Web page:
The Three Goodbyes of a Service Dog

Experience the three different goodbyes experienced with service animals and a lesson on remaining positive.

| May 2016

  • “From the Mouths of Dogs” Lesson #4: Be positive.
    Photo by Fotolia/cylonphoto
  • In “From the Mouths of Dogs,” B.J. Hollars reveals much about our pets but even more about the humans who share their lives, providing a much-needed reminder that the world would be a better place if we took a few cues from man’s best friends.
    Cover courtesy the University of Nebraska Press

What is it that dogs have done to earn the title of “man’s best friend”? And more broadly, how have all of our furry, feathered, and four-legged brethren managed to enrich our lives? Why do we love them? What can we learn from them? And why is it so difficult to say goodbye? Join B.J. Hollars in From the Mouths of Dogs (University of Nebraska Press, 2015) as he attempts to find out — beginning with an ancient dog cemetery in Ashkelon, Israel, and moving to the present day. In this excerpt we explore the 3 emotional goodbyes of guide-dogs and a lesson on staying positive.

Though most pet owners know all too well the heartache of saying goodbye to a beloved animal, far fewer grasp the grief a human feels when saying goodbye to a guide animal. After all, how can a person ever repay a creature that has dedicated her entire life to service? Despite Kathie’s training as a psychologist, she offers little advice to help assuage the pain felt by those who lose their guide dogs, or, for that matter, assistance animals of any species.

While guide dogs remain the most popular species of assistance animal, various other species have recently joined their ranks, from miniature horses to monkeys on down. As writer Rebecca Skloot makes clear in a 2008 New York Times article, each species possesses its own unique skill set, offering people with disabilities a wider selection of animal partners. Miniature horses, for instance, are “mild-mannered, trainable, and less threatening than large dogs,” Skloot contends, not to mention their 360-degree range of vision and their thirty-year lifespan. For many people with disabilities, the miniature horse’s longevity is the species’ greatest benefit, particularly when compared to the abbreviated life of a guide dog. The extended working relationship shared between people and miniature horses not only ensures fewer substitutions on the team but, perhaps of equal importance, spares the human from having to say goodbye any more than necessary.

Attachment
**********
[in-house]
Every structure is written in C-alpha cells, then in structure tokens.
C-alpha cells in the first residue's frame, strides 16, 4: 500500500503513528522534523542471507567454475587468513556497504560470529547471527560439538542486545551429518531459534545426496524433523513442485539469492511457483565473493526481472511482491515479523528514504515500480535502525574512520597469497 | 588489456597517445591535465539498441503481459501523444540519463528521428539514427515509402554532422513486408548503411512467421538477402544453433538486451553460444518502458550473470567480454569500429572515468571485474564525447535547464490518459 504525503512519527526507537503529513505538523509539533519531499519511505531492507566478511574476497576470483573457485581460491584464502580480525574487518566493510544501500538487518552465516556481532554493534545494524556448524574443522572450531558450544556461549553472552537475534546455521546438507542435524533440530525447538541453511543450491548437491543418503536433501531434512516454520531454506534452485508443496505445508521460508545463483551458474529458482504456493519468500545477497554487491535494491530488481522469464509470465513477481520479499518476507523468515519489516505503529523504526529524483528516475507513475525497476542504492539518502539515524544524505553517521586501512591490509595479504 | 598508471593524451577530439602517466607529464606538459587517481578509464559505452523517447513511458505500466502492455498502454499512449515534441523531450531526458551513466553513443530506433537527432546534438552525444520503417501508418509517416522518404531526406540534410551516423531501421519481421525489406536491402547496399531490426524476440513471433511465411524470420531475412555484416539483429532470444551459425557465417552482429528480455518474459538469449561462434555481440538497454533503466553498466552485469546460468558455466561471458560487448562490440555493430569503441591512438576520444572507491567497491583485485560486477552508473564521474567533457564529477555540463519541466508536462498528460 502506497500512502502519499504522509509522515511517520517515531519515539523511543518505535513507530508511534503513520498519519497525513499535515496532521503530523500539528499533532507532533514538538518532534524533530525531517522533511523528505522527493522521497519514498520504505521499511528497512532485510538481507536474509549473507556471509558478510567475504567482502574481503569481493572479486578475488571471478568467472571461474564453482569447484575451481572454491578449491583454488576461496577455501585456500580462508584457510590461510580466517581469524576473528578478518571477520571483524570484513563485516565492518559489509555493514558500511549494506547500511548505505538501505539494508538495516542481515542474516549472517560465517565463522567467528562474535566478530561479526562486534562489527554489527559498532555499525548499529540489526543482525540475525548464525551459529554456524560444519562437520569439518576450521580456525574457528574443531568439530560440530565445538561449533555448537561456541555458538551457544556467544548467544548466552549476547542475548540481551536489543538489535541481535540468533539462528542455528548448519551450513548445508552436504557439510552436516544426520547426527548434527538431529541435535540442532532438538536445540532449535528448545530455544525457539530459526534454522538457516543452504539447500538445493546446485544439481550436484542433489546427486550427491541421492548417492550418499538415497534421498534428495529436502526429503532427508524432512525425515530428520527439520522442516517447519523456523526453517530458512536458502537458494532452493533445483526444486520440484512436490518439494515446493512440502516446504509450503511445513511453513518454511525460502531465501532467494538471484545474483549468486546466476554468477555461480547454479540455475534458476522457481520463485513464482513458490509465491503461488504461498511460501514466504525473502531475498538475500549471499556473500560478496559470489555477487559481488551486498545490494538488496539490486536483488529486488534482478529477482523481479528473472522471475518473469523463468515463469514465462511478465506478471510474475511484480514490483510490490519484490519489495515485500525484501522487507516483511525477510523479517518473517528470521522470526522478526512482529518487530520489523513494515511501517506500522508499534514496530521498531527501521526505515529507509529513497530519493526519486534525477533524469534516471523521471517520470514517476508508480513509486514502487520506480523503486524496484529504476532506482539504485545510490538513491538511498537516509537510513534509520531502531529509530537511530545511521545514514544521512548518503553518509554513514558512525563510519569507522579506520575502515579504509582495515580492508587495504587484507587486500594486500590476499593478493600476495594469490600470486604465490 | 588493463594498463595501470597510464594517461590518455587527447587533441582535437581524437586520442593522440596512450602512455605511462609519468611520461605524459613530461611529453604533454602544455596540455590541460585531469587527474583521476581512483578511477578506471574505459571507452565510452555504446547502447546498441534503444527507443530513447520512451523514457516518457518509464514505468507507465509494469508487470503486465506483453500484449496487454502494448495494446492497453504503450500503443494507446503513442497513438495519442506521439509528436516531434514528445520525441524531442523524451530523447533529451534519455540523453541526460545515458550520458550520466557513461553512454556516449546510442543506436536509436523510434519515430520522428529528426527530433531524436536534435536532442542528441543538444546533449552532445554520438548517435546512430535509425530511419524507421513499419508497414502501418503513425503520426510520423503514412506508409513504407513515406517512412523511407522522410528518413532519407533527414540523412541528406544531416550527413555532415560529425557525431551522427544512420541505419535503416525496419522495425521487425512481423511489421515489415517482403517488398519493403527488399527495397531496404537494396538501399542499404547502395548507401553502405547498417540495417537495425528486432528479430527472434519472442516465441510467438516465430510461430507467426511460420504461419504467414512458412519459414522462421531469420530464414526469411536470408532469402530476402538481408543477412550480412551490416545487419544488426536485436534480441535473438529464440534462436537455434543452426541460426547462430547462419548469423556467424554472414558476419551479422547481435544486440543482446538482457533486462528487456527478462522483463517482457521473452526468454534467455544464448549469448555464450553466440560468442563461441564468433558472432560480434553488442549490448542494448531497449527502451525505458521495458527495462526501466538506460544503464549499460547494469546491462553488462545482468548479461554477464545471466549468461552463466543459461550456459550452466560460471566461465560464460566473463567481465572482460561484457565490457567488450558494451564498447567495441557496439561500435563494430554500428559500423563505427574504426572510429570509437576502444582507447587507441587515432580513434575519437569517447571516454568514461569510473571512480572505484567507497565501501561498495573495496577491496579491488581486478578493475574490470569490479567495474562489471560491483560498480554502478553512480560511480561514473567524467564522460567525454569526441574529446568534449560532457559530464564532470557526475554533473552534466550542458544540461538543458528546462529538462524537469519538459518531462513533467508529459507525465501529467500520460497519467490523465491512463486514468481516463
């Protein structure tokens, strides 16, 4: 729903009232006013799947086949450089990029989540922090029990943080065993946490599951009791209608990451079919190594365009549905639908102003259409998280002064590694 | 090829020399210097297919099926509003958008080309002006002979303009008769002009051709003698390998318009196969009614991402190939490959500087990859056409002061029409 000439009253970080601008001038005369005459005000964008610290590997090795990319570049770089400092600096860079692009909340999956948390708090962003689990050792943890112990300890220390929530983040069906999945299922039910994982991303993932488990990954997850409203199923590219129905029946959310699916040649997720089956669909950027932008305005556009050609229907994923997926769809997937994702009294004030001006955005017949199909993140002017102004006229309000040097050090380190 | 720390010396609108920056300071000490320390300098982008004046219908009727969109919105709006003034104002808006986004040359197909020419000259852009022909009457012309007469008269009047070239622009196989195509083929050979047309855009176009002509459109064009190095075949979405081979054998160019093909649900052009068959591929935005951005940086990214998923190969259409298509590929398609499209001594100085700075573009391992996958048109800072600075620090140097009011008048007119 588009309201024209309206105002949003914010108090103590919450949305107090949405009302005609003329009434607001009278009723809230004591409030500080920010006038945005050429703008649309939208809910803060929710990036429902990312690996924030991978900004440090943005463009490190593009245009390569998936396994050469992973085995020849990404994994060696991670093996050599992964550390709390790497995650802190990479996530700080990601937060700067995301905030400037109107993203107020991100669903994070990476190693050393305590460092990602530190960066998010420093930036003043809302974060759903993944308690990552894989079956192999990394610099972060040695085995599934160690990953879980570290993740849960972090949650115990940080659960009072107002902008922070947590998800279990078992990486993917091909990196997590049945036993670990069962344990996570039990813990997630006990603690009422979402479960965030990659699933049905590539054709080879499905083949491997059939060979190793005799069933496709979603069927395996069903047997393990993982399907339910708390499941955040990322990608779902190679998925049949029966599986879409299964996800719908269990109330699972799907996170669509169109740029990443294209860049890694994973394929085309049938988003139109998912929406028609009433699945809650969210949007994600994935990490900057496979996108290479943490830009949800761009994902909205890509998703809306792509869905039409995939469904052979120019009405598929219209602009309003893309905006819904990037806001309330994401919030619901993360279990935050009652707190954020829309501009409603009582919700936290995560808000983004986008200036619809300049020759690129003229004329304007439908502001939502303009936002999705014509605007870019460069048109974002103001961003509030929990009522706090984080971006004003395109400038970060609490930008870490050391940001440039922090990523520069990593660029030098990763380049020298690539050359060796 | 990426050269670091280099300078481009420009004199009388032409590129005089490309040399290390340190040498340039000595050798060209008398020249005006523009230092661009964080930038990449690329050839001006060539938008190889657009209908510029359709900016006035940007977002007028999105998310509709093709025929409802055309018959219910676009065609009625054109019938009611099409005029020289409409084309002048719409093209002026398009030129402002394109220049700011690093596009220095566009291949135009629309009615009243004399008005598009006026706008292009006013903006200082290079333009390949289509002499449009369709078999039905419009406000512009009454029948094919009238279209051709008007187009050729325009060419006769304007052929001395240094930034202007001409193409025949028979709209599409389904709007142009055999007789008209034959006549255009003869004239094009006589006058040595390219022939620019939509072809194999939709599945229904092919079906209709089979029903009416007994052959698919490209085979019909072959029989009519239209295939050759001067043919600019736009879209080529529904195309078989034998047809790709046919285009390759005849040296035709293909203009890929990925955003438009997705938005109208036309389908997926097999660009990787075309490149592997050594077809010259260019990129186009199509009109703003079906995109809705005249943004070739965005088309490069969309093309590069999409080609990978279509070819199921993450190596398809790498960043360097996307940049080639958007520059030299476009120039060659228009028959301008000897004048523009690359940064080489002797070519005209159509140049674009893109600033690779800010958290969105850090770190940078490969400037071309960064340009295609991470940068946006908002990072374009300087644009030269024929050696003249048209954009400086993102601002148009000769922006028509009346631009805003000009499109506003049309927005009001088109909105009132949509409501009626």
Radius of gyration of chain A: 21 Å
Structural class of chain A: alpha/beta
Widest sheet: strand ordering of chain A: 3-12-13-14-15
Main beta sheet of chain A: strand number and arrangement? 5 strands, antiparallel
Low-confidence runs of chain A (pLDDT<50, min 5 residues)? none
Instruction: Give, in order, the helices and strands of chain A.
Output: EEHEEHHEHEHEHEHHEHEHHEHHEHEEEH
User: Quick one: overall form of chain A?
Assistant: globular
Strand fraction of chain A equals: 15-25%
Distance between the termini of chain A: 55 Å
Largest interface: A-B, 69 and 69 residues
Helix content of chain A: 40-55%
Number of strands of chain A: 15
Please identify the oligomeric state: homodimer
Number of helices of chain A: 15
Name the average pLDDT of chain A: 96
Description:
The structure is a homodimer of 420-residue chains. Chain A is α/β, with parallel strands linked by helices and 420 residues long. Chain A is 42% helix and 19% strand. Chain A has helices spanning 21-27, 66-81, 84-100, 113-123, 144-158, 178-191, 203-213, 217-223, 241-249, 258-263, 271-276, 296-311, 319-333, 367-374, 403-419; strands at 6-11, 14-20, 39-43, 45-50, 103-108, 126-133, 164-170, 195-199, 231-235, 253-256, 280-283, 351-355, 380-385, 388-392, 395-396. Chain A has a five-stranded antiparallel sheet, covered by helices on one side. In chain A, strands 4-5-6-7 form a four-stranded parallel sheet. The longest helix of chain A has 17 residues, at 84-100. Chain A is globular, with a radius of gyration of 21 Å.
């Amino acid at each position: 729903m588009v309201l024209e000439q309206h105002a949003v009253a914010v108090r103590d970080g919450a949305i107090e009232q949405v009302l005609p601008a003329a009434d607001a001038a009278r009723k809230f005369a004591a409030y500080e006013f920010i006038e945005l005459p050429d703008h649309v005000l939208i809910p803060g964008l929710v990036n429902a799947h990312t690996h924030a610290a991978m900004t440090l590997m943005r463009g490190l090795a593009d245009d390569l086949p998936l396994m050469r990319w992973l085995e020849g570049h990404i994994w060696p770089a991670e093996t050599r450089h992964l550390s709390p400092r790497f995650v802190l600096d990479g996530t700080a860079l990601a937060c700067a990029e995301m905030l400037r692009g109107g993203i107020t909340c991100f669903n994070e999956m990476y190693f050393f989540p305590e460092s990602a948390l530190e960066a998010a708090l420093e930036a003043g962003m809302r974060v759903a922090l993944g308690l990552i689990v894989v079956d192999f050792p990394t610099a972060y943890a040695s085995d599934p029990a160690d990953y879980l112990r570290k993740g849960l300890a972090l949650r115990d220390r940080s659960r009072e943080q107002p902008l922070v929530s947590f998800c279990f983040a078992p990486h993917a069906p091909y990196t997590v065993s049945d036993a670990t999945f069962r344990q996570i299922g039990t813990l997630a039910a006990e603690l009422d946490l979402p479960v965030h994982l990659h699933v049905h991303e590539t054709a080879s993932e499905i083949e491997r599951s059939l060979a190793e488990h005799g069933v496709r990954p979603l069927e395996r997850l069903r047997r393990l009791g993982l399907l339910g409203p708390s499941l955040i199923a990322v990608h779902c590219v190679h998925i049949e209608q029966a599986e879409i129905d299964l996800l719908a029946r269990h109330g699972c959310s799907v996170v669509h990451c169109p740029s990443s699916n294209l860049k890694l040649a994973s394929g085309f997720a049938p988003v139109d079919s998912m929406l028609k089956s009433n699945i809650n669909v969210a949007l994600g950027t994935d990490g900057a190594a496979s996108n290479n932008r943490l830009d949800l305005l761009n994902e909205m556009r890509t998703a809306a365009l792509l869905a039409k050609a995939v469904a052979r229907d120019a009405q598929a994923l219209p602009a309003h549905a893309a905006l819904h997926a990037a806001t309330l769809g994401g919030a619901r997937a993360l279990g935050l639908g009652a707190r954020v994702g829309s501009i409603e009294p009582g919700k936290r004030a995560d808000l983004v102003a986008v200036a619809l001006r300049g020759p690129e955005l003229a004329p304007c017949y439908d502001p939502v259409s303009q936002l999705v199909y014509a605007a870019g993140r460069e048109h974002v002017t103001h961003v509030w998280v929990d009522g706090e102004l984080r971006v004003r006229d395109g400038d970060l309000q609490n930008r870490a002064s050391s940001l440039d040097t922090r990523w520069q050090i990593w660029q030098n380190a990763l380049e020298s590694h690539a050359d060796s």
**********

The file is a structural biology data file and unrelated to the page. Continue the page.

“Every goodbye is hard,” Kathie admits, a slight waver developing in her throat as she recalls the eight dogs that came before Luna. “And it’s especially hard because there are three parts to the goodbye.”



In my observations as a pet owner, the final goodbye to a pet has always seemed a two-step process: determining the pet’s low quality of life and then taking responsible means to end the suffering. Throughout my adult life, I’ve been fortunate to never have to take either step alone. Nevertheless, I’ve watched my parents tread this trail on multiple occasions. For them, the decision to drive the animal to the vet was never easy, though they recognized the necessity of their task. But as Kathie explains to me, saying goodbye to a guide dog is different and requires one additional step.

Three Different Goodbyes